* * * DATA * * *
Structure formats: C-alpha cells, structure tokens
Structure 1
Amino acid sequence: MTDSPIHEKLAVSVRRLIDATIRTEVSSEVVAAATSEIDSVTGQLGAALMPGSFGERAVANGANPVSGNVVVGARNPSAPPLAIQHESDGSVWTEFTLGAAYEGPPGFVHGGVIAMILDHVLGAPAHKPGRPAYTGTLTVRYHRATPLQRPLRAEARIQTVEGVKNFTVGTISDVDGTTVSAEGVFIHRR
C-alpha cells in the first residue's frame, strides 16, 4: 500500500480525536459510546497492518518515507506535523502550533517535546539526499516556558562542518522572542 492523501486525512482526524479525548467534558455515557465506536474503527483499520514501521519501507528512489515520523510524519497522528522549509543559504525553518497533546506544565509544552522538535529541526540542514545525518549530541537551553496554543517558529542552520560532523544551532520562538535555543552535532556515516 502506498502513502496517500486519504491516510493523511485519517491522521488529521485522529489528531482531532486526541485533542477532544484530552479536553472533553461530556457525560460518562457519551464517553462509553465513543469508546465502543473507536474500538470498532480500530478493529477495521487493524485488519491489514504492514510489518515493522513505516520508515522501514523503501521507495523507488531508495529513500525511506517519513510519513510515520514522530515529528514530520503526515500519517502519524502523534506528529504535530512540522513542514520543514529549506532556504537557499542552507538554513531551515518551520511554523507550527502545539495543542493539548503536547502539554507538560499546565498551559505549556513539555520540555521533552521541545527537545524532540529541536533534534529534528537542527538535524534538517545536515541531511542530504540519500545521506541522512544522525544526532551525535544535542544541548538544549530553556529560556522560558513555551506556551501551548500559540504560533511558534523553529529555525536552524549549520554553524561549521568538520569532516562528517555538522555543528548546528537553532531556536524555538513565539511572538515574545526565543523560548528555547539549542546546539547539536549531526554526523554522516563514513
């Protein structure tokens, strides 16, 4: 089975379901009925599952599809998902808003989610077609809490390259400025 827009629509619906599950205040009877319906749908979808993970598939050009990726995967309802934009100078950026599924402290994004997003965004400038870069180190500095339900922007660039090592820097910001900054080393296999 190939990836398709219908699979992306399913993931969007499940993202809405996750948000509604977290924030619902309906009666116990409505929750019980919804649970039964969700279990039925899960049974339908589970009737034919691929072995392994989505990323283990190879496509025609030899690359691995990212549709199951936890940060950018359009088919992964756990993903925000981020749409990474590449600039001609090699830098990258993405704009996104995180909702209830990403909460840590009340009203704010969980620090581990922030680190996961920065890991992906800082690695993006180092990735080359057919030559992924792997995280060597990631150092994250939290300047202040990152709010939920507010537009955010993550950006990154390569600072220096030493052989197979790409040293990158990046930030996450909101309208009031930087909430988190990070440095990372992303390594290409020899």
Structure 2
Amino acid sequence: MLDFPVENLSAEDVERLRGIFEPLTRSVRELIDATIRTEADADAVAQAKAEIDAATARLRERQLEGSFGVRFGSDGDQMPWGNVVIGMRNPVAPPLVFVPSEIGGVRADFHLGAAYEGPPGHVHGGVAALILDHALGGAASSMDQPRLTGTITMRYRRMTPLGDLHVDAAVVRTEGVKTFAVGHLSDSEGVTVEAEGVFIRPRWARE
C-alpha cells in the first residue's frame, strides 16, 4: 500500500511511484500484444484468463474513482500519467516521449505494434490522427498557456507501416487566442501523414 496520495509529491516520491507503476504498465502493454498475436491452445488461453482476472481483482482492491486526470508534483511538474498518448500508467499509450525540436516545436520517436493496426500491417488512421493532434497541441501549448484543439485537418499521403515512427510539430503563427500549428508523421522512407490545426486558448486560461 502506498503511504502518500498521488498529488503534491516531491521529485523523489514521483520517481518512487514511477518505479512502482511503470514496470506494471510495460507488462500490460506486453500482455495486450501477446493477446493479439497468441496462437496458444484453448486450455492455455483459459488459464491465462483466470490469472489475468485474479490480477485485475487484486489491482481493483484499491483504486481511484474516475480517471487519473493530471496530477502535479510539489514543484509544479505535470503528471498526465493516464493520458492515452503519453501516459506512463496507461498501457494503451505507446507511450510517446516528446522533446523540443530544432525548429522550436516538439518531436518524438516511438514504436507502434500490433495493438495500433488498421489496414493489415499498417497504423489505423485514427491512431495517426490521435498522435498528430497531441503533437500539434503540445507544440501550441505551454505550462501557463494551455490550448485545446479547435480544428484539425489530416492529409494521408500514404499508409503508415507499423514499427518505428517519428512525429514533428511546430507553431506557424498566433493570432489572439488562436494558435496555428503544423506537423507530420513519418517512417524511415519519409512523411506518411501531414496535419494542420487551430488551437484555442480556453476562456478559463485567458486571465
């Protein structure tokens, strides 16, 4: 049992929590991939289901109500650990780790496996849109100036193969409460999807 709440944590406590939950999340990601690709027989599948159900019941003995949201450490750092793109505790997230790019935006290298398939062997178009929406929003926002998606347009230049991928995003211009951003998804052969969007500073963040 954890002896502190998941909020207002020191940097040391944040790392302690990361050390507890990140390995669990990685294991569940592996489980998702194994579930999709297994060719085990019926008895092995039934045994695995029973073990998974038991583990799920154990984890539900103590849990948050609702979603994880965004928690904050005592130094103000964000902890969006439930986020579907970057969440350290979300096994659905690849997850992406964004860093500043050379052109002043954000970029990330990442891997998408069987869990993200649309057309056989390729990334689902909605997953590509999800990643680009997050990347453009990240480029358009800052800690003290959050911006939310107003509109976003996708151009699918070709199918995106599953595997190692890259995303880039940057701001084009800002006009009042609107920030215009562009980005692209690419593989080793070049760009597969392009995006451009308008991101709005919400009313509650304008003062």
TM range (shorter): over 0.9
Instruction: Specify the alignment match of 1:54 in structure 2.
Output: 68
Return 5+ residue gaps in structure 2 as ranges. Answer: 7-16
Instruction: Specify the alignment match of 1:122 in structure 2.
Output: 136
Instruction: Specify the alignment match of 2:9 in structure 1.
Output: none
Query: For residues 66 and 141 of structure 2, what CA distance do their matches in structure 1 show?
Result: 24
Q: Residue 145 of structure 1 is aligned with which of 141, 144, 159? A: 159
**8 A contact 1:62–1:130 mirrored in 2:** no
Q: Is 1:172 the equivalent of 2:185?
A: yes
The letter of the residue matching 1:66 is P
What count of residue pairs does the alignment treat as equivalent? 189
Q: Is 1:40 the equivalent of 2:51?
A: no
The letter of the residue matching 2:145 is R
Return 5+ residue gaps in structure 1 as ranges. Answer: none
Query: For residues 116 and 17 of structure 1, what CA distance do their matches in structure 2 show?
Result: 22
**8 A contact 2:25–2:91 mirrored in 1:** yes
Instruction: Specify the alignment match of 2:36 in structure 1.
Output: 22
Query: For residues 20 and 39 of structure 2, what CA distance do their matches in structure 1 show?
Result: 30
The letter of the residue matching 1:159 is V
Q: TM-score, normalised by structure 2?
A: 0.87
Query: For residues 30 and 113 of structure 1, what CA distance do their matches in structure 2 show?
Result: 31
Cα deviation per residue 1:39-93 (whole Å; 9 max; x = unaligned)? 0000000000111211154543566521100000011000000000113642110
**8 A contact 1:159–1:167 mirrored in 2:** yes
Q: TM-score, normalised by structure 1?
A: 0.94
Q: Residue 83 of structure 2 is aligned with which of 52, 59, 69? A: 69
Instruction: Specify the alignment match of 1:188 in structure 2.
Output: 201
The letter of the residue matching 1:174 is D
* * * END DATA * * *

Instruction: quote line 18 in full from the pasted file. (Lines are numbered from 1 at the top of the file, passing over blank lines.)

Query: For residues 66 and 141 of structure 2, what CA distance do their matches in structure 1 show?